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"In 1978, You Could Afford To Be a Dull City Newspaper"
By Ed Driscoll · June 29, 2005 02:55 PM · Oh, That Liberal Media!

In his interview with John Hawkins, Mark Steyn has a great take on one of American newspapers' (many) ills--their bland liberal corporate dullness:

Well, there are two answers to that: the first is that it's true US newspapers are not exactly beating my door down. The second is that, when they do beat my door down, my loyal retainer sets the dogs on them and peppers their retreating posteriors with buckshot. I'll explain that second part first. I appear in newspapers in a lot of different countries, and the sad fact is that, mainly as a consequence of local newspaper monopolies, US syndication fees represent some of the lowest publication rates in the world - that's to say, to take one recent example, you'd earn more from a single reprint in a Fijian newspaper than one certain prominent US statewide daily was proposing to pay for my column for an entire year. The US syndication business is the publishing equivalent of vaudeville, and I don't particularly see why it's in my interests to fill up Gannett’s newspapers for free. If I'm going to give it away, I'd rather folks had to come to the website to see it, where there's a chance they'll hang around long enough to buy a book. So I've no interest in US syndication as a business model. We make exceptions for certain newspapers whose op-ed editors are genuinely eager to carry the column. But I have no great ambitions within US journalism.

But, to go back to your first point, the reason they're not exactly beating the door down is because I'm not a good fit for American monopoly dailies. In London, the most competitive newspaper market in the world, papers thrive by encouraging distinctive controversial voices. In America, the average Gannett or other monodaily prefers a tone of self-regarding dullness. As my friend John O'Sullivan put it, "They neither offend nor delight" - as a matter of policy. Yes, they're broadly “liberal,” but not in a lively virtuoso engaging way, only in a dreary J-school way. I think they're missing the point here. They don't realize that they do have competitors now, in new media. In 1978, having driven your print competitors out of business, you could afford to be a dull city newspaper. I don't believe you can now.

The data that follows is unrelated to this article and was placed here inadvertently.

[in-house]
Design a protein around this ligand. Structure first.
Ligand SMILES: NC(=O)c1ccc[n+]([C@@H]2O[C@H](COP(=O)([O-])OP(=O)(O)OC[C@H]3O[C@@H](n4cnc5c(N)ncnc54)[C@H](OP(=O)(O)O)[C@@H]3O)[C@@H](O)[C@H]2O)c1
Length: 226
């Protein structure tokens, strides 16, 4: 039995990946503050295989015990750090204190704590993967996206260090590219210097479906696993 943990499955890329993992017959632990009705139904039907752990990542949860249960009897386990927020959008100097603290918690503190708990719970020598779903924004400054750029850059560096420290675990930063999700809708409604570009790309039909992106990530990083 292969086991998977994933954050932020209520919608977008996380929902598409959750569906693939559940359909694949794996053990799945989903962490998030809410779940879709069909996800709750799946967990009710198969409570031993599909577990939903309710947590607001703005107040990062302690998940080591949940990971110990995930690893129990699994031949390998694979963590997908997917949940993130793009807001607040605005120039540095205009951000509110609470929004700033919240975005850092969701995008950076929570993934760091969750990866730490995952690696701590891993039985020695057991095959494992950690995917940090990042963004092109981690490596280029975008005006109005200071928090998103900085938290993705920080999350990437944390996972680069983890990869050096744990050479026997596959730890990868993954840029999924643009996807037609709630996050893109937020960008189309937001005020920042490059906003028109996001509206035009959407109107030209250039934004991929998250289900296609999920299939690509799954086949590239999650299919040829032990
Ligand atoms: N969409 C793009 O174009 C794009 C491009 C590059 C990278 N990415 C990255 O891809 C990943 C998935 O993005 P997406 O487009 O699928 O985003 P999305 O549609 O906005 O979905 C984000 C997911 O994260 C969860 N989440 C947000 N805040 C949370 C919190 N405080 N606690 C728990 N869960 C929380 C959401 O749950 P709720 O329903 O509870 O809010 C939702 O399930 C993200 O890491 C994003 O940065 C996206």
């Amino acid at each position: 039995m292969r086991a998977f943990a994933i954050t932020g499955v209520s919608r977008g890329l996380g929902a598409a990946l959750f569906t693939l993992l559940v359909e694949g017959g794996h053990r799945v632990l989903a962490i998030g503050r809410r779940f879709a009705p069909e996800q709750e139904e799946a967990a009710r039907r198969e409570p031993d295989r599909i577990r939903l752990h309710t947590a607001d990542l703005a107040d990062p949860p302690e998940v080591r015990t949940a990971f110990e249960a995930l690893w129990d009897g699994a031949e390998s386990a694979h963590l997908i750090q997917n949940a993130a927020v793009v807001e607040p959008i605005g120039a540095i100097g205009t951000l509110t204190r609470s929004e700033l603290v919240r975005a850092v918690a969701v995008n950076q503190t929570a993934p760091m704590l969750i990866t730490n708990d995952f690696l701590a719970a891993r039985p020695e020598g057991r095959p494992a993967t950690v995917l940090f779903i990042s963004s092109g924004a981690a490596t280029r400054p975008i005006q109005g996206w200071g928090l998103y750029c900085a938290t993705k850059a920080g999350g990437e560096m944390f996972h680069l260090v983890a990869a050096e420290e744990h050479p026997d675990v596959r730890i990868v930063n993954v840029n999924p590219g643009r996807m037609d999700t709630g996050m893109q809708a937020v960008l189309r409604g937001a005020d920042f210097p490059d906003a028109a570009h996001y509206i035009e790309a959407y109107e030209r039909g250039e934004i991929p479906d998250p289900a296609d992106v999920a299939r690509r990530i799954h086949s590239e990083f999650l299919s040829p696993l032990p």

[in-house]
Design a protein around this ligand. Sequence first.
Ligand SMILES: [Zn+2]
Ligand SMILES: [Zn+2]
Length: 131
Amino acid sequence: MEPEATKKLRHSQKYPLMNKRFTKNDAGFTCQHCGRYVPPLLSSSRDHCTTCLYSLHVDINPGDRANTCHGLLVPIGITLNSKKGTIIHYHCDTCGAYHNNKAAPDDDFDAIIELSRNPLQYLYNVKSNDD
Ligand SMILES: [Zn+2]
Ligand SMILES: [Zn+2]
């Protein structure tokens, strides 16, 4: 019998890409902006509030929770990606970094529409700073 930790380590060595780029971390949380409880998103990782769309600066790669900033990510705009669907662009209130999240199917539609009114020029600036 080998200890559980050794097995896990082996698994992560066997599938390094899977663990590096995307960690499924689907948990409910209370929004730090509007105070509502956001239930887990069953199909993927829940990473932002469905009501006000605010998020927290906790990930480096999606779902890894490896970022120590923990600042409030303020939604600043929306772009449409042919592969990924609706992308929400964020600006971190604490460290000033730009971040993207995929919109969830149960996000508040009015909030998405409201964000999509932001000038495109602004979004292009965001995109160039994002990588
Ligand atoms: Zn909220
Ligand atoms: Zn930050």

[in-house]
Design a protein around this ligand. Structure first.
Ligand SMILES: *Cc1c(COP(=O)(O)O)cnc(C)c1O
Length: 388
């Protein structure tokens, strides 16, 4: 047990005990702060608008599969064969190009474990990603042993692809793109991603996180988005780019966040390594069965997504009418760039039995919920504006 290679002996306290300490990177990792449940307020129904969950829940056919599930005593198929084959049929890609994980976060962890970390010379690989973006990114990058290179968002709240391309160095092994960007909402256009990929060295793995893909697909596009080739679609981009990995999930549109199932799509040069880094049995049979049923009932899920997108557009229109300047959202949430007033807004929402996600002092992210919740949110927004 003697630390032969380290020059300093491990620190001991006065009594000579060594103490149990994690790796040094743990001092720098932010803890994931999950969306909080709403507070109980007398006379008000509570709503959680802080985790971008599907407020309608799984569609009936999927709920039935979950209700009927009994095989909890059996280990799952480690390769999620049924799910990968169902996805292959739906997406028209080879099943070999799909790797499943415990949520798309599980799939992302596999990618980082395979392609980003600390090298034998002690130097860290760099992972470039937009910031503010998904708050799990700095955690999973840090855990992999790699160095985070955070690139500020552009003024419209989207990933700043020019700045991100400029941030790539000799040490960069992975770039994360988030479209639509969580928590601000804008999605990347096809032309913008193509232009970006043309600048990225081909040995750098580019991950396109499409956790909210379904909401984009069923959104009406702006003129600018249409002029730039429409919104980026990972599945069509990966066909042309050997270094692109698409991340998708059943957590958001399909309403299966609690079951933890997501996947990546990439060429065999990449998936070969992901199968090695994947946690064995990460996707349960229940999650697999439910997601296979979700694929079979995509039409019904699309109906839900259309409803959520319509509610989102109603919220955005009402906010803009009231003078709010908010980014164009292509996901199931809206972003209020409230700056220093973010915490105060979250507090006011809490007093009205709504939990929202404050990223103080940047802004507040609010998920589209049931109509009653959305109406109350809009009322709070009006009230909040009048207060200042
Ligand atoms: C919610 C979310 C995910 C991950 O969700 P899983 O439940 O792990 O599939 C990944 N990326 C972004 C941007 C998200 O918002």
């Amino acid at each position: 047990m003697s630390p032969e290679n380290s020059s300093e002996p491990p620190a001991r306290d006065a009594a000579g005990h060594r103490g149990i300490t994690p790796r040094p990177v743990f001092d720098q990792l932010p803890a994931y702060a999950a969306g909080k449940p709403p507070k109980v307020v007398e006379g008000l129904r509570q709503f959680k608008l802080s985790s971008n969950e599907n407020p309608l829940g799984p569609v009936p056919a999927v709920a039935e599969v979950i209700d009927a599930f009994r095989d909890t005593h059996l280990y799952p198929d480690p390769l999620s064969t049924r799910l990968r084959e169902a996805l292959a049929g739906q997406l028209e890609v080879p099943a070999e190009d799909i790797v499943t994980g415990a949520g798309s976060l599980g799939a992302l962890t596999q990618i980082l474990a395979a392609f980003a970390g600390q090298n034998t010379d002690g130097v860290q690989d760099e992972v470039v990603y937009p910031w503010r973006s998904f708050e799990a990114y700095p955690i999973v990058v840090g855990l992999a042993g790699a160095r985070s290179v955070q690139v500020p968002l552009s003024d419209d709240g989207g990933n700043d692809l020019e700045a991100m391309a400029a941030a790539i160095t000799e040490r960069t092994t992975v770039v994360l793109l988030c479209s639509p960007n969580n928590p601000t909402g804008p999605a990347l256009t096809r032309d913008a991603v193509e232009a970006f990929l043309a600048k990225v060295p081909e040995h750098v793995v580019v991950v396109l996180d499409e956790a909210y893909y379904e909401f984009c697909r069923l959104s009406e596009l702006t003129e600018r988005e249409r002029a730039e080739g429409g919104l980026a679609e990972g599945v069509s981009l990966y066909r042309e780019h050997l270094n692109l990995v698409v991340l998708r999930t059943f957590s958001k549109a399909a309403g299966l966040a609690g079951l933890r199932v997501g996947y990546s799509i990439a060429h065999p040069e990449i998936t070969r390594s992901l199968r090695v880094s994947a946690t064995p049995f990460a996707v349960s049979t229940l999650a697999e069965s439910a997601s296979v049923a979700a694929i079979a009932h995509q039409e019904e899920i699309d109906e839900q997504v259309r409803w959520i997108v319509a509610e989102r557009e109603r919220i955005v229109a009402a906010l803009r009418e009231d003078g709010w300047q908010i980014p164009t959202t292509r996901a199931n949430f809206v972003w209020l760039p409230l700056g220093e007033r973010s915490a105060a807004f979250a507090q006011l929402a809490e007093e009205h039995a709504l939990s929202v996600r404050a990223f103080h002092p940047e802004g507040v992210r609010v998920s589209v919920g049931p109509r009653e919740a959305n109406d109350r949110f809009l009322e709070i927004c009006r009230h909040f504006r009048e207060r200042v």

In the 1960s, Tom Wolfe, Gay Talese and other writers tried to use their "New Journalism" techniques to end-run that blandness. That was in an era where many American cities still had multiple, competing newspapers (Wolfe was with The New York Herald Tribune, Talese with the Times, for example.) But once newspapers became monopolies in most cities, as Steyn says, there was little need--at least at first--for that sort of exciting style.

The Blogosphere of course, changed all that. Beyond the news that the Blogosphere picks up that isn't thought to be of immediate interest by newspaper editors (see Rather, Dan; Durbin, Dick; and Soldier, Winter), a huge part of the Blogosphere's popularity is its lively collection of voices, and that it's a meritocracy.

That extends not just to which bloggers link to each other the most often, but also to which writers outside the Blogosphere get frequent favorable mention. To paraphrase Steyn's comment to Hawkins, while US newspapers are not exactly beating his door down, Bloggers happily link to him, as they do writers such as Victor Davis Hanson and James Lileks, neither of whom will be appearing in a New York Times op-ed soon, much to that paper's detriment.

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"Edward B. Driscoll, Jr., has been writing about technology for more than a decade. Visit his Web site".--PC World magazine

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